A couple years ago, the NHL implemented a new thing called a “coach’s challenge”. But where do we draw the line? Especially when it affects teams, just like your Calgary Flames.
Before the start of the 2015-2016 season, the NHL implemented something called a “Coach’s Challenge”. So far this season, it hasn’t quite been a benefit for the Calgary Flames. Especially with the game against the Florida Panthers on January 17th, 2017.
First, let’s just explain what the Coach’s Challenge is and when teams can take advantage of them.
What the Coach’s Challenge is, just a light brief summary is that even though it still is quite limited, a coach will be able to request a challenge under two scoring play scenarios, according to the league. Those two scenarios are:
If an offside play leads to a goal.
On scoring players that involve goaltender interference.
That means that things like penalties, or goals scored under other questionable circumstances, will not be eligible for challenge. Teams will only be allowed to use their challenge if they have a timeout available. Just like in the NFL, if the team is unsuccessful in the challenge, they will lose their timeout. If they are successful, they will retain it.
More about Coach’s Challenges
Here is a direct statement from the league about off-side challenges:
Goals will only be reviewed for a potential “Off-Side” infraction if: (a) the puck does not come out of the attacking zone again; or (b) all members of the attacking team do not clear the attacking zone again, between the time of the “Off-Side” play and the time the goal is scored. … In the event a goal is reversed due to the Linesman determining that the play was “Off-Side” prior to the goal being scored, the clock (including penalty time clocks, if applicable) will be re-set to the time at which the play should have been stopped for the “Off-Side” infraction.
With goaltender interference, there are two cases where a team can challenge. Either there was a goal scored on the team that was a good goal on the ice, but the team believes that the opposite team had interfered with their goaltender, they could challenge the goal. Or on the other side, if the team scores a goal that was right away waved off by the official because the official believed there was goaltender interference, the team could also challenge if they believe there was no goaltender interference.
Calgary Flames vs Florida Panthers – January 17th, 2017
Now, this game just happened the other night so it’s still quite fresh in my mind. The Calgary Flames had not one, but two times where they had a goal taken away after further review because of a Coach’s Challenge. They were close to even having a third.
Even Flames commentators, Rick Ball and Kelly Hrudey, were getting annoyed and frustrated by the reviews. It was even leaving them asking “Where do we draw the line?”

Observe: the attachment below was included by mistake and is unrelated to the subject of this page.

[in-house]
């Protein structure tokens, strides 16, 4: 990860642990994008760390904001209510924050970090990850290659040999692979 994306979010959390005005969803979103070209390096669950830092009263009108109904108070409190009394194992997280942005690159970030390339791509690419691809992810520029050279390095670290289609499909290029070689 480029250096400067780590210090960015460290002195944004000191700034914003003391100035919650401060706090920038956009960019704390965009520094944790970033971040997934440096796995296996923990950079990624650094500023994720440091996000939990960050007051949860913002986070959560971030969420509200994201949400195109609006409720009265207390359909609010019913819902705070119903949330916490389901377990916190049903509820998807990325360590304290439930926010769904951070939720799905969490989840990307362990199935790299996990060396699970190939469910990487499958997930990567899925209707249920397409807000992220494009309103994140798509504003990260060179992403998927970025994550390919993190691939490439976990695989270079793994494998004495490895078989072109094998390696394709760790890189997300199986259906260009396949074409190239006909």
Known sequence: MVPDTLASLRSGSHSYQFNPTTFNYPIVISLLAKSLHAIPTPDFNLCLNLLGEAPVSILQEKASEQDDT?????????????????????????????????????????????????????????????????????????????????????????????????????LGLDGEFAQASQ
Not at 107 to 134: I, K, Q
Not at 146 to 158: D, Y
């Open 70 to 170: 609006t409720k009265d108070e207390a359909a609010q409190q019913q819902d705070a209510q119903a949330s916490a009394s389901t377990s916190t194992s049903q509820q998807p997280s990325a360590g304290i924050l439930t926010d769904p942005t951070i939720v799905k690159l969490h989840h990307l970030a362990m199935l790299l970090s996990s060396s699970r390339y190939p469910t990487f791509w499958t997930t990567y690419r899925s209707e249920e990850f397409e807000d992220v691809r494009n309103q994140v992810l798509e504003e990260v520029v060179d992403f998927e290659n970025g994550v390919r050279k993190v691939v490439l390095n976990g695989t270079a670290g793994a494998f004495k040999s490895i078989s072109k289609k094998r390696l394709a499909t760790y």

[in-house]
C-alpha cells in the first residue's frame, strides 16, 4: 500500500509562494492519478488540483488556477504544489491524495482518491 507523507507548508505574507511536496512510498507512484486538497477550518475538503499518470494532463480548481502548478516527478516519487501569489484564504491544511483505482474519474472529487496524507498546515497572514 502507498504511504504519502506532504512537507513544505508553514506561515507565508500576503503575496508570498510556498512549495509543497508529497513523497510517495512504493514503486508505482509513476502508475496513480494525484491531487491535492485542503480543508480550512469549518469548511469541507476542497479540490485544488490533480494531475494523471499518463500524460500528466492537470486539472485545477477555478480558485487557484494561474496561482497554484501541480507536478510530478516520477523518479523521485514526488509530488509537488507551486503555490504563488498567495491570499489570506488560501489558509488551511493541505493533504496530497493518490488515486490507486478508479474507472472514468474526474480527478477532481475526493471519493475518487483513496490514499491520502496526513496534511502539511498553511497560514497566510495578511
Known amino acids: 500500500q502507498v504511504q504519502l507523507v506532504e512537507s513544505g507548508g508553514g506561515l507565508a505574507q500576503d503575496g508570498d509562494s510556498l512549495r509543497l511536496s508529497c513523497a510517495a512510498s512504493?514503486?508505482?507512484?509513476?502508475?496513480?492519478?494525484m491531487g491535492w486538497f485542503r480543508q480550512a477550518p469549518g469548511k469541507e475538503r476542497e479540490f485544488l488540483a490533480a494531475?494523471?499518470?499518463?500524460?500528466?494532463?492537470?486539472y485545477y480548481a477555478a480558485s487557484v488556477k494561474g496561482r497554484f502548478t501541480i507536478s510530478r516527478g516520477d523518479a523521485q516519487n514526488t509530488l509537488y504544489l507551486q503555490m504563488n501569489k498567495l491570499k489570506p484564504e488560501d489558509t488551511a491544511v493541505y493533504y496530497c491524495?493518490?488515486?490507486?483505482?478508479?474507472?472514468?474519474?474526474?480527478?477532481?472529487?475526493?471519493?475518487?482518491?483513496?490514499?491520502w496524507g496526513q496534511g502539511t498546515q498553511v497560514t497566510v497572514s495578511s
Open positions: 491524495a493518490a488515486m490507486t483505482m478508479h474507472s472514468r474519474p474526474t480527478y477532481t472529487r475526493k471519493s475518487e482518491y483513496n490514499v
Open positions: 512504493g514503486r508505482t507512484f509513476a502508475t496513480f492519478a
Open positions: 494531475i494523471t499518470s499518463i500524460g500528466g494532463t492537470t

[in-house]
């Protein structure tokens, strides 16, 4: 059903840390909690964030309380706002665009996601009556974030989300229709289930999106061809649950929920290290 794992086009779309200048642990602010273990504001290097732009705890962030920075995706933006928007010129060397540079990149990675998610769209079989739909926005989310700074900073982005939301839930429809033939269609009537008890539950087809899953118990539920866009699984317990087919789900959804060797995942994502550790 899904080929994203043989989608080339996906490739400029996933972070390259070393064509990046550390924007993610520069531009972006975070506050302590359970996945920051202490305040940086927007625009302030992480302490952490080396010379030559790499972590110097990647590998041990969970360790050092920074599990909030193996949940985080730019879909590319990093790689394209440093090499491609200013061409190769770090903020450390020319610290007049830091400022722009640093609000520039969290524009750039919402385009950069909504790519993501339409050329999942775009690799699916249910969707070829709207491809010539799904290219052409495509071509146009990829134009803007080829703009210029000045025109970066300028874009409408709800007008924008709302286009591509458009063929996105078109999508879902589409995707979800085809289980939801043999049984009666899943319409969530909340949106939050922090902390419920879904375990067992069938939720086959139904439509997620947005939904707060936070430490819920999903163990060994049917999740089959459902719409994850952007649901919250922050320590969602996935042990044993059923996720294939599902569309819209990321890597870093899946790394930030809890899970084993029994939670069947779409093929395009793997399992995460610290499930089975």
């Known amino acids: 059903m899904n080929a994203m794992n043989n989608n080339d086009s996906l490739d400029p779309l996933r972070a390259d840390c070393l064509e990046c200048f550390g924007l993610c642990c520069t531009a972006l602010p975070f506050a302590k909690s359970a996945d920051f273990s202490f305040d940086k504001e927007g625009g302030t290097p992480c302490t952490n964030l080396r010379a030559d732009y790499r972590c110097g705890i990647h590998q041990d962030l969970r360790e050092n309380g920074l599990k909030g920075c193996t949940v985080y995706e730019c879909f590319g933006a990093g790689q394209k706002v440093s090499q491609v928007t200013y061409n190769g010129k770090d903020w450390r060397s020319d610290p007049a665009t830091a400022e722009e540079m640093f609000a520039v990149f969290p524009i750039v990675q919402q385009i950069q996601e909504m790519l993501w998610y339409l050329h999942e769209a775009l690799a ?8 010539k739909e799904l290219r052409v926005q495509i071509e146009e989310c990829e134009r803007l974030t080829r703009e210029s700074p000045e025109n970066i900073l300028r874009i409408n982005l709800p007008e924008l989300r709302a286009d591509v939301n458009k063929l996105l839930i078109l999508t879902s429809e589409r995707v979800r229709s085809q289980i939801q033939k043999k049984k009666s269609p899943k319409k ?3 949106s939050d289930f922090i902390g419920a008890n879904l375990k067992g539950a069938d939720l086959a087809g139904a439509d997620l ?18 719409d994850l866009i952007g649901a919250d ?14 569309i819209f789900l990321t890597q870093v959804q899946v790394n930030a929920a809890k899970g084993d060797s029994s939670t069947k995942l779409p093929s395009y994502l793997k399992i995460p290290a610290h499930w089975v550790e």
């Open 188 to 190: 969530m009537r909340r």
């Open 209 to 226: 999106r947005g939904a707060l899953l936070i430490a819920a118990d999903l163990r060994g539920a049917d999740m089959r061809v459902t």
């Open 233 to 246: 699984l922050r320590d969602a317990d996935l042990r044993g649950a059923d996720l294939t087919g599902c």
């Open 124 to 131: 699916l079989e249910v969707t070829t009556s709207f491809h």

In the second period, people were believing the players were on-side right before the goal. With that goal by Freddie Hamilton that was later determined no goal after the coach’s challenge, they said Matt Stajan was offside when entering the offensive zone. However, if you watch the video, you can see Stajan’s foot still over the blue line, however not on the ice. Which begs the question about what really counts as offside in this case.
How far are we going to go to zoom in completely on the line to see if the skate is a millimeter off?
And then, we got the second goal that was reviewed. And this is where Rick Ball got angry and frustrated. I’m pretty sure Rick Ball is me in about 20 years. The second one took a little longer to review than the first one. And Rick Ball goes, “If you need to get out your electron microscope to see if it was offside or not, I’m thinking maybe the goal should stay”. Same Rick, same.
I’m sure I don’t need to tell anybody how angry and frustrated fans were. Let’s look at the reactions after the first no-goal.
The #Flames have the weirdest, most indefensible challenges go against them. Like what?!
We then have Sean Monahan finish the game off with an empty-net goal, making the score now 7-2. Err, I mean, 5-2. And then people started joking saying the Panthers should challenge that again for offside. But then, the refs looked to actually want to review the goal because the Calgary Flames had what appeared to be too many men on the ice. Leaving fans not knowing what to do with themselves.
But all joking aside, have we really gone too far with Coach’s Challenges? If we do, for lack of better words and as Rick Ball puts it, need to get out some “electron microscopes” to determine if a play is offside, doesn’t that defeat the purpose of offside? If it wasn’t caught on the ice because it’s that close and we need to completely slow down the play and zoom in, are we going too far?